David Malouf on “all things Queensland”: architecture, culture and writing

1 November 2022

Acclaimed author David Malouf discussed “all things Queensland” with Professor Cameron Bruhn to celebrate the release of The New Queensland House at Brisbane’s The Calile Hotel on Saturday 24 September.

The New Queensland House was co-authored by Professor Cameron Bruhn, Dean and Head of School at UQ’s School of Architecture, and Katelin Butler, editorial director at Architecture Media, and published by Thames & Hudson. Malouf, who wrote the foreword for the book, enthralled an audience of 130 architects, designers, clients and collaborators, who learnt from his memories of childhood Brisbane homes, changing Queensland culture, and the influence of architecture on his writing.

“David’s words in the foreword beautifully capture both the context and the promise of the book,” Professor Bruhn said.

“The conversation allowed us to further explore some of the themes of David’s prodigious output, and to sit them adjacently with a conversation about contemporary architecture in Queensland.”

Photography by Marc Grimwade

The talk began with Malouf’s childhood home, 12 Edmonstone Street, a timber-and-tin building that Malouf captured in his 1985 book of the same title, as well as in an earlier poem titled The Year of the Foxes, which describes the home as a “far-flung, nomadic tent in the suburbs.”

“As a writer, I am very interested in the place that people come from – and that means the house they grew up in, their first apprehension of space and how people find a life in space, and how those particular spaces determine the relationships between people, the customs of a family, the customs of a society,” Malouf said.

“One of the things I’m always concerned with first is what [a character’s] original impressions of the world might have been. So I found myself often writing about those aspects of our first experience … That certainly led me to think both of climate, topography and the spatial nature of domestic dwellings as interesting topics in themselves.”

While The Year of the Foxes explores themes of wartime and violence, it also investigates the idea of architectural permanence.

“When you live in a house, it’s your home, so you take it very seriously and it seems permanent. But there was something always very impermanent and makeshift about the idea of the Brisbane wooden house. And one of the reasons for that is because so often you went out as a child and what you saw was one of those houses being taken through the streets on the back of a truck, and now there can’t be many places in the word where you see that! … it made you think differently about the permanency of houses.”

Photography by Marc Grimwade

Malouf also spoke of how his father, an amateur architect, later designed a brick art deco house in Hamilton for the family to live in. The three-storey home was built into the side of a sloping hillside.

“I actually missed the old house so much that I kind of always, in a very unreasonable way, disliked the new house and kind of disapproved of it, even of it’s architecture I must say. But that was because all my strongest memories and associations, it seemed to me, had been taken away.”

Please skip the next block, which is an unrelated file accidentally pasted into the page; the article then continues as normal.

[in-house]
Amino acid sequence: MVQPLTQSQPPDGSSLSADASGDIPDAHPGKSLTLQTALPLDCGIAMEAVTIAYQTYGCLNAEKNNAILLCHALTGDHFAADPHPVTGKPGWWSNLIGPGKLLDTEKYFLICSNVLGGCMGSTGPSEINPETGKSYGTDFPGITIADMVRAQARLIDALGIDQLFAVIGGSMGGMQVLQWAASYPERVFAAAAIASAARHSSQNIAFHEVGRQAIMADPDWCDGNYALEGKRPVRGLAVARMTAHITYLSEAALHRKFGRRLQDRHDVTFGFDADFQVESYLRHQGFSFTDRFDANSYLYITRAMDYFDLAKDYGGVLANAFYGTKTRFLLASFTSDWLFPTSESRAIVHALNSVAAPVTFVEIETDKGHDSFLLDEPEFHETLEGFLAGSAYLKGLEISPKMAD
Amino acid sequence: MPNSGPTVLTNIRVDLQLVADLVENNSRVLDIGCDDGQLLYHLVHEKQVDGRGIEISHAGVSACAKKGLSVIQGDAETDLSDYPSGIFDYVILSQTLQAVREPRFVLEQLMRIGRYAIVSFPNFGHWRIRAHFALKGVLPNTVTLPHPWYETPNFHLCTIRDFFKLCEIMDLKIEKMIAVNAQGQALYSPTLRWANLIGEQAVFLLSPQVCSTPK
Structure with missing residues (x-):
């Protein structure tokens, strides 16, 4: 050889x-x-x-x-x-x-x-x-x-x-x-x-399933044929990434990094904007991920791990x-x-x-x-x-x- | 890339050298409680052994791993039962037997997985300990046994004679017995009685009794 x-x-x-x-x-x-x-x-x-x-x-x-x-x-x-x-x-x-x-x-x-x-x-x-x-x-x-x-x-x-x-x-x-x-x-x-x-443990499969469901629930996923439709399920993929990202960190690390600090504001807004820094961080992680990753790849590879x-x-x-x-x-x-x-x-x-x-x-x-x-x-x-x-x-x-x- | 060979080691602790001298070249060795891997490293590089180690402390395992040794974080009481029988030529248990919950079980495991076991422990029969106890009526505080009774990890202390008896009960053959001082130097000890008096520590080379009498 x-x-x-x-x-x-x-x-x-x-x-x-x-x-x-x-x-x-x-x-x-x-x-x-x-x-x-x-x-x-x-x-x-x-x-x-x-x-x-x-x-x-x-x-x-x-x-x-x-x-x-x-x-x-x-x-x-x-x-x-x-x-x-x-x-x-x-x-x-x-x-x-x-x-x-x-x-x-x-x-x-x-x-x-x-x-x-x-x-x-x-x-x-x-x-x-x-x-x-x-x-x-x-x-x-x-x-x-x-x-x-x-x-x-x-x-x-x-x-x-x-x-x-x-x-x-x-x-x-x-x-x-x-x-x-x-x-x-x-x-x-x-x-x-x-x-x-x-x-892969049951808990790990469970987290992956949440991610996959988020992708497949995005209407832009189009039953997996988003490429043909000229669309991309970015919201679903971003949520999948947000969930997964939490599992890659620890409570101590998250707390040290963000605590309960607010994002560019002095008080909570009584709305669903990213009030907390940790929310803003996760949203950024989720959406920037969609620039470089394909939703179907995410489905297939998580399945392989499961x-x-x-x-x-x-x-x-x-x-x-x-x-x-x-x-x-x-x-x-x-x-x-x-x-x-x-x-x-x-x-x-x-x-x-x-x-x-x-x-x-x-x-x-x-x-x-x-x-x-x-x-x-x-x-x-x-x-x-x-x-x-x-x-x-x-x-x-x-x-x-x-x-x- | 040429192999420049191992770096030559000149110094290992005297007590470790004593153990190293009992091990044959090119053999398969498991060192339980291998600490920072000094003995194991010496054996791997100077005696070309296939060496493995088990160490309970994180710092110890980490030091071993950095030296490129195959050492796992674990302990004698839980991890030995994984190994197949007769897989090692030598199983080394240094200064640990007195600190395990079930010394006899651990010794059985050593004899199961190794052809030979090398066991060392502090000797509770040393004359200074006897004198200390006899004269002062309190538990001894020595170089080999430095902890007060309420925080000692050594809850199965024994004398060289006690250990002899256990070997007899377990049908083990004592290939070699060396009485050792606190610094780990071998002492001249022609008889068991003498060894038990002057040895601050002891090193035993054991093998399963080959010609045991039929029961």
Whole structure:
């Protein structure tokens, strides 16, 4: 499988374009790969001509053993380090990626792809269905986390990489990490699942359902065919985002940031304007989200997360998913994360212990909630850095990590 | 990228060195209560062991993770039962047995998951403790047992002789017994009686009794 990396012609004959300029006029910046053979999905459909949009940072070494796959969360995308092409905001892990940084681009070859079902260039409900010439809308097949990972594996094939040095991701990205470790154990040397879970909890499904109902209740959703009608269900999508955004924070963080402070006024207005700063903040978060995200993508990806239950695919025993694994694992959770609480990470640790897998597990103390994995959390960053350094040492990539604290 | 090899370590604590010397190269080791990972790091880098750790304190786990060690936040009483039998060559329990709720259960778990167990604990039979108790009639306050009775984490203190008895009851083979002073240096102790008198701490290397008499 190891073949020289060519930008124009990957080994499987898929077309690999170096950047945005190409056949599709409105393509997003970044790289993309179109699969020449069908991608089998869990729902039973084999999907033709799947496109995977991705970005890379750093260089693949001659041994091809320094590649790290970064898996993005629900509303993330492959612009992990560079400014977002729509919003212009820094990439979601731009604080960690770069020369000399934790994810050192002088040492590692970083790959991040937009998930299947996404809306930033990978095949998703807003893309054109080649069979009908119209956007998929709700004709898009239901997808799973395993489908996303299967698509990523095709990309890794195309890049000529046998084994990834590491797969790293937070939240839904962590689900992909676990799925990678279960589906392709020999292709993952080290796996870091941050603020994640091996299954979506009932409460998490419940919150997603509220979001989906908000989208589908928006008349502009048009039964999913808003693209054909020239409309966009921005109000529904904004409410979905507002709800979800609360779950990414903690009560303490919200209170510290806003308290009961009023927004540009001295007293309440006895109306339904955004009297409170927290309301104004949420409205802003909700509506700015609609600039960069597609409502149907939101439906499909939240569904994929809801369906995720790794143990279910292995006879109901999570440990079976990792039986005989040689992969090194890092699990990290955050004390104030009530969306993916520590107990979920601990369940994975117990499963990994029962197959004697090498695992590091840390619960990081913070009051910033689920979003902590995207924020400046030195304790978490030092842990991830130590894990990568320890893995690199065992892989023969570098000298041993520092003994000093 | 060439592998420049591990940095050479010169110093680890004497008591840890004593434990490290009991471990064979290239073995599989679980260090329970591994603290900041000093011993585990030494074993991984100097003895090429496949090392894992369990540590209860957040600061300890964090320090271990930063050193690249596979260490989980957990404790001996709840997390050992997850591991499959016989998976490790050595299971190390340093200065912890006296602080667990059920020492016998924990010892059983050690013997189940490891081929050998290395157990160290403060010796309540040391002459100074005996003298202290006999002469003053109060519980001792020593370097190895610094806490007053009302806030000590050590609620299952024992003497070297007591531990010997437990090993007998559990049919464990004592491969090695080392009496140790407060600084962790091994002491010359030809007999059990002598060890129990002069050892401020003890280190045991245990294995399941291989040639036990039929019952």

Malouf gained a deepening appreciation for various architectural styles, and in the 1990s was involved in a campaign to save Greystaines in Hamilton. The now-heritage-listed, eight-bedroom home was previously a block of flats, designed by architect George Rae.

The Californian Missionary-style stucco building was under threat of being torn down and a new block of flats being built there, and Malouf joined his sister (who he said had owned the home next door – Blaire Lodge) in a campaign to save it.

“At that time in Queensland, only wooden or corrugated iron buildings had heritage protection, so a lot of us sort of worked to stop that happening,” he said.

“And at that point, people I think began to look at the Californian Missionary-style buildings which were built in Brisbane in the twenties and thirties and saw that they, too, were extraordinarily interesting and beautiful buildings and deserved some kind of protection.”

Image supplied by Studio Bland
Photography by Georgia Wells

The New Queensland House presents twenty-eight awe-inspiring homes from the past decade, describing the architectural atmosphere in the early twenty-first century and exemplifying the ideas, teaching and buildings that have shaped the state's residential architecture.

The book also includes scene-setting essays by Brit Andresen and Michael Kenniger, and Silvia Micheli and Ashley Paine; a photo essay of Donovan Hill’s C House by David Chatfield; and an historical pictorial endnote section that references older homes that are significant to the story of Queensland’s residential architecture.

Co-author Katelin Butler said the book came about through a shared fascination with the “impressive trajectory” of Queensland residential architecture.

“The opportunities presented by the benign climate is clearly the point of difference … where porosity between indoor–outdoor living exists, both in a private sense, and in an active public engagement with the streetscape. Brisbane’s body of work offers a greater sense of openness and generosity than elsewhere in the eastern states.”

Butler said the book highlights “a new chapter in the story of architecture in Queensland” and celebrates the unparalleled comradery within this group of designers.

Photography by Marc Grimwade

The full conversation between David Malouf and Cameron Bruhn is available to listen to here via the University of Queensland Library.

The book celebration was generously supported by The Calile Hotel, Studio Bland, and Thames and Hudson.

For more information about the book refer to the Thames and Hudson website.  

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